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HomePublic SectorShould All Content Be Classified as a Record? (NARA Series #8)

Should All Content Be Classified as a Record? (NARA Series #8)

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This is the eighth entry in our NARA series. Check out the others below!

It used to be that a record was easy to define: content created on carbon paper and perpetually stored in a filing cabinet. It’s no official definition, but it was a concept that anyone could understand. And we used to create records at a pace where it was, for some time, manageable. 

Over the years the definition of a record has morphed. As of 2014, the Federal Records Act defines a record as including “…all recorded information, regardless of form or characteristics, made or received by a Federal agency under Federal law or in connection with the transaction of public business.” As of 2017, ARMA International listed a record as “…recorded information, regardless of medium or characteristics, made or received by an organization in pursuance of legal obligations or in the transaction of business.” Cut and dry, right? Well, dry, at least. 

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Where do these definitions leave the records manager and mission worker (often called knowledge worker or end user) in identifying records? Can they answer: 

  • Is my content a record? 
  • Where should I store my records? 
  • Do I have to classify everything I work on? 
  • Can I share this? 
  • Can I delete this? 

In March, the Digital Government Institute held its annual eDiscovery, Records, and Information Management Conference. In response to a question about electronic chat history, a NARA spokesperson stated that “everything is a record.” Every. Single. Thing.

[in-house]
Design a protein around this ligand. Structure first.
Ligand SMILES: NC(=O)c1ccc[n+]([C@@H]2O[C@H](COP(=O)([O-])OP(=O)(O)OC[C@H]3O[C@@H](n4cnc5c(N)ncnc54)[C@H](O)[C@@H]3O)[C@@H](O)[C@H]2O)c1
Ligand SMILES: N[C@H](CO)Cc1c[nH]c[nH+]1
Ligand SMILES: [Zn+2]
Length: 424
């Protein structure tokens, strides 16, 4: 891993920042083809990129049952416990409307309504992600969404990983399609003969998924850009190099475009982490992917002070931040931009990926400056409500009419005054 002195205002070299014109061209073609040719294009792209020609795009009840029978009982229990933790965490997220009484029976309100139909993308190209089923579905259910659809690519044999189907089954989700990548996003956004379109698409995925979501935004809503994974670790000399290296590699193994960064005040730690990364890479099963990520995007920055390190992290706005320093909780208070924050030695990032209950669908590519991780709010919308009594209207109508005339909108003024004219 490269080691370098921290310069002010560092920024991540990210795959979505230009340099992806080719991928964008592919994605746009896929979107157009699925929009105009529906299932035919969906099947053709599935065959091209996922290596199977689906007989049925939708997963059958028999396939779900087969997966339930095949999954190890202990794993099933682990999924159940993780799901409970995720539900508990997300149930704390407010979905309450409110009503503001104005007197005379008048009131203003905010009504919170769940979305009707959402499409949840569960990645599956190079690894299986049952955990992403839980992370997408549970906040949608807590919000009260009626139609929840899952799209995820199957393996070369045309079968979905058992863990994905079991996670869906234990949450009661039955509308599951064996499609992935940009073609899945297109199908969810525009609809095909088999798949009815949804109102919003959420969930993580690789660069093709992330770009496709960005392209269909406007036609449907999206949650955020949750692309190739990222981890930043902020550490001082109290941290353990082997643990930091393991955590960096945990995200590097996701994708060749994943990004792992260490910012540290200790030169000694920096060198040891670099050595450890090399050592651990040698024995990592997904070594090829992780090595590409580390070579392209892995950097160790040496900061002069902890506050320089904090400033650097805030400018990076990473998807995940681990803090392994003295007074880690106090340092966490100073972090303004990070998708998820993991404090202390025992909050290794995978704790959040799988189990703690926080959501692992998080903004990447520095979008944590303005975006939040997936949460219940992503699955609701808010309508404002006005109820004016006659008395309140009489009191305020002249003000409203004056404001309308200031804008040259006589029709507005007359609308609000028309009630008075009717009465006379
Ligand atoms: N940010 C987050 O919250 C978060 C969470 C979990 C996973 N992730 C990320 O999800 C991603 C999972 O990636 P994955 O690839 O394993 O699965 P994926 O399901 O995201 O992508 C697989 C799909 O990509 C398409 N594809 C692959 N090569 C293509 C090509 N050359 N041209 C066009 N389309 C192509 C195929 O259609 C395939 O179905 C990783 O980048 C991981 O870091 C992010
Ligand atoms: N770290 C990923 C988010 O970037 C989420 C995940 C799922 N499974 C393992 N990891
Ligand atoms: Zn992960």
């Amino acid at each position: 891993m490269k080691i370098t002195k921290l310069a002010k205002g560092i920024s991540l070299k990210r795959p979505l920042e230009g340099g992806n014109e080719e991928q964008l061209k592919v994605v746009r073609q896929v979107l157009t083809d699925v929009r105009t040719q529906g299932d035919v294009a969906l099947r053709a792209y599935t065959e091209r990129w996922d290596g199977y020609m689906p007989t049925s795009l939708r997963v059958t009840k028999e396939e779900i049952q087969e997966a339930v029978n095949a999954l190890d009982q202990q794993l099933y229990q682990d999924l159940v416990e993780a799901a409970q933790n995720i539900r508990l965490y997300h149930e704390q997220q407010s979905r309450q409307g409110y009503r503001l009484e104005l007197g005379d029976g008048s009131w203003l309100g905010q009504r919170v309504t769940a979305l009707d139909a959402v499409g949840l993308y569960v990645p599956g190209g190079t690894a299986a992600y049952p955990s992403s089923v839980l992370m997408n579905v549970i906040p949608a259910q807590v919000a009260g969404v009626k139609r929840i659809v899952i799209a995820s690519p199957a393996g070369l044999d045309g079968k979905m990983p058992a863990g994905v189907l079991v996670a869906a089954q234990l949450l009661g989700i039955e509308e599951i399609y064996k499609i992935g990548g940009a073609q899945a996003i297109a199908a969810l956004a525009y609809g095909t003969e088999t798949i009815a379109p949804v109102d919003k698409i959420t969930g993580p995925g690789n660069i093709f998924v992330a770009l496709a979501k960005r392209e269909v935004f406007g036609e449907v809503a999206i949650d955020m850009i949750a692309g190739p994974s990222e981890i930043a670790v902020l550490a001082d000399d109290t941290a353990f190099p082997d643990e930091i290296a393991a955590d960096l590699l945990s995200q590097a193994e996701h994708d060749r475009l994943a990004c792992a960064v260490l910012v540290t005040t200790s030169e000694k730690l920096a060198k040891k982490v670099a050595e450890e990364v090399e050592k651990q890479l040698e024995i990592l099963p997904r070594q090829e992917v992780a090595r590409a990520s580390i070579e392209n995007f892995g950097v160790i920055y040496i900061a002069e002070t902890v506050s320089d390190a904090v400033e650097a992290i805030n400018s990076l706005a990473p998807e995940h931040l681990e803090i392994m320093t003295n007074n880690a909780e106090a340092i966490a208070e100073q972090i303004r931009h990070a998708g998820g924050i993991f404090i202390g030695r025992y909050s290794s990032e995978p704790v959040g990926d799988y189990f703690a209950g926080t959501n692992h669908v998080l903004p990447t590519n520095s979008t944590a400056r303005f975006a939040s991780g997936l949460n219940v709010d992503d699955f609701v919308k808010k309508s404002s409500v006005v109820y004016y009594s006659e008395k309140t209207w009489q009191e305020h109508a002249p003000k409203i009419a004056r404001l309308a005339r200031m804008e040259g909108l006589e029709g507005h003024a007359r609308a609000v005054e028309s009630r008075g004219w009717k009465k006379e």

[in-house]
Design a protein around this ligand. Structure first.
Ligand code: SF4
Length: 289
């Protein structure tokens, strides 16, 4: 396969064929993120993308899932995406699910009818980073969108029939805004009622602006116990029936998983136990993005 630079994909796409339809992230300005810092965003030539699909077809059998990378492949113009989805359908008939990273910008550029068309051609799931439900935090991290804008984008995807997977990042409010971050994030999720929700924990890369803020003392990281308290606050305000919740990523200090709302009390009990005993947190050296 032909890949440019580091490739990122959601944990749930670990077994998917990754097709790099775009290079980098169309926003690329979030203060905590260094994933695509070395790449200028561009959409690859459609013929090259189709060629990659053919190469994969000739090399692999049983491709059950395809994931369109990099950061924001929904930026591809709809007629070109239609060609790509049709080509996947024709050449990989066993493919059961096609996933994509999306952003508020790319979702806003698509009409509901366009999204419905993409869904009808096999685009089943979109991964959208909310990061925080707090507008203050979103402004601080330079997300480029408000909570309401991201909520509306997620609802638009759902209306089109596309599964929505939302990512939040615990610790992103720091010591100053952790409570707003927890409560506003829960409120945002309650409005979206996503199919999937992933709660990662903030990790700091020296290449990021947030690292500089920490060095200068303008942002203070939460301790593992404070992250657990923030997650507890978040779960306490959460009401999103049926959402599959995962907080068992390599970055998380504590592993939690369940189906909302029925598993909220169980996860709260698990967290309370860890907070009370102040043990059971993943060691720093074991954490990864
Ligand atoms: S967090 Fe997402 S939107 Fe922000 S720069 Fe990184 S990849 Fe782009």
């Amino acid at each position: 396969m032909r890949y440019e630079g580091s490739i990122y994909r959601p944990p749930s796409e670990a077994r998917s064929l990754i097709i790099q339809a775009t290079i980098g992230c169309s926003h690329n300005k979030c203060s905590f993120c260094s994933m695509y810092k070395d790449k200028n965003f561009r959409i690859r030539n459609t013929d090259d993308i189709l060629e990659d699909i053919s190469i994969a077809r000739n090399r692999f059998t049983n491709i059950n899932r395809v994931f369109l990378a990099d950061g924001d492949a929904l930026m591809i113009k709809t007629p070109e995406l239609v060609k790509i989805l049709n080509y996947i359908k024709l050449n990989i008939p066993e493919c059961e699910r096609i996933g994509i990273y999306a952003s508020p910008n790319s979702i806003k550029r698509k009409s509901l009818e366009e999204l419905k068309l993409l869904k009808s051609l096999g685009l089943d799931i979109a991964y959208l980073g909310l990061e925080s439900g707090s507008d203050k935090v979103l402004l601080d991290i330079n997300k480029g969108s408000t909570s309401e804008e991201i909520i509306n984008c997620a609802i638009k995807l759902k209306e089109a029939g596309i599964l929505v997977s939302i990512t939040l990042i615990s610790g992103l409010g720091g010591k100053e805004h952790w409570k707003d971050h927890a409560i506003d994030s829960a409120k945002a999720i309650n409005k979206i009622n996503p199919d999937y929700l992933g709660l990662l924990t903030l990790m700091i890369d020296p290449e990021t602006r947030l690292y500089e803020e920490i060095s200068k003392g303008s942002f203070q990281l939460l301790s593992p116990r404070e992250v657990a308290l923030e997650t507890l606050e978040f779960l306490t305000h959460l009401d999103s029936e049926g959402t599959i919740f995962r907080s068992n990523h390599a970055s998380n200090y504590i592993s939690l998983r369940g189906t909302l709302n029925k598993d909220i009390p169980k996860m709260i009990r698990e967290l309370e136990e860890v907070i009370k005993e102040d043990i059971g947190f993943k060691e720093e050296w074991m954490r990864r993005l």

More specifically, if content is created in the act of doing business, that content is a record. By this definition, records can include:

  • An electronic conversation between coworkers
  • A document in draft or final PDF form
  • An information graphic
  • Training materials
  • A tweet from Twitter or snap from SnapChat

So, is your content a record? Yes! All content is a record 

Let that sink in: IBM estimates that by 2020 humanity will annually create more than 10x (35 zettabytes) the amount of data than that which existed in 2012 (2.7 zettabytes). That means in a year your organizationagency, or department has likely created more information than it has in its entire history. And all of that information are records. 

Need to change up your records management approach? Check out this post: Click To Tweet

Why it Matters

A record is evidence that at some point in time information was created; it must be discoverable. eDiscovery teams are looking for tools to index entire data systems, not just the records solution. FOIA requests don’t ask for records; they ask for all information related to a particular event. Frankly, an “Electronic Records Management solution” is a misnomer; it should be an “Information Management solution.” All information should have management around it from the time of creation, should be treated as a record, should have disposal guidelines in place and, more importantly, retention policies applied to it. 

And therein lies the rub. It is no more possible to expect a mission worker to be able to keep up with the myriad of mandates and laws that govern their work than it is to expect a lone records manager to be able to tag and classify all information as it is created. This doesn’t mean that records management has to be exponentially harder, but it does mean that we need to consider it differently.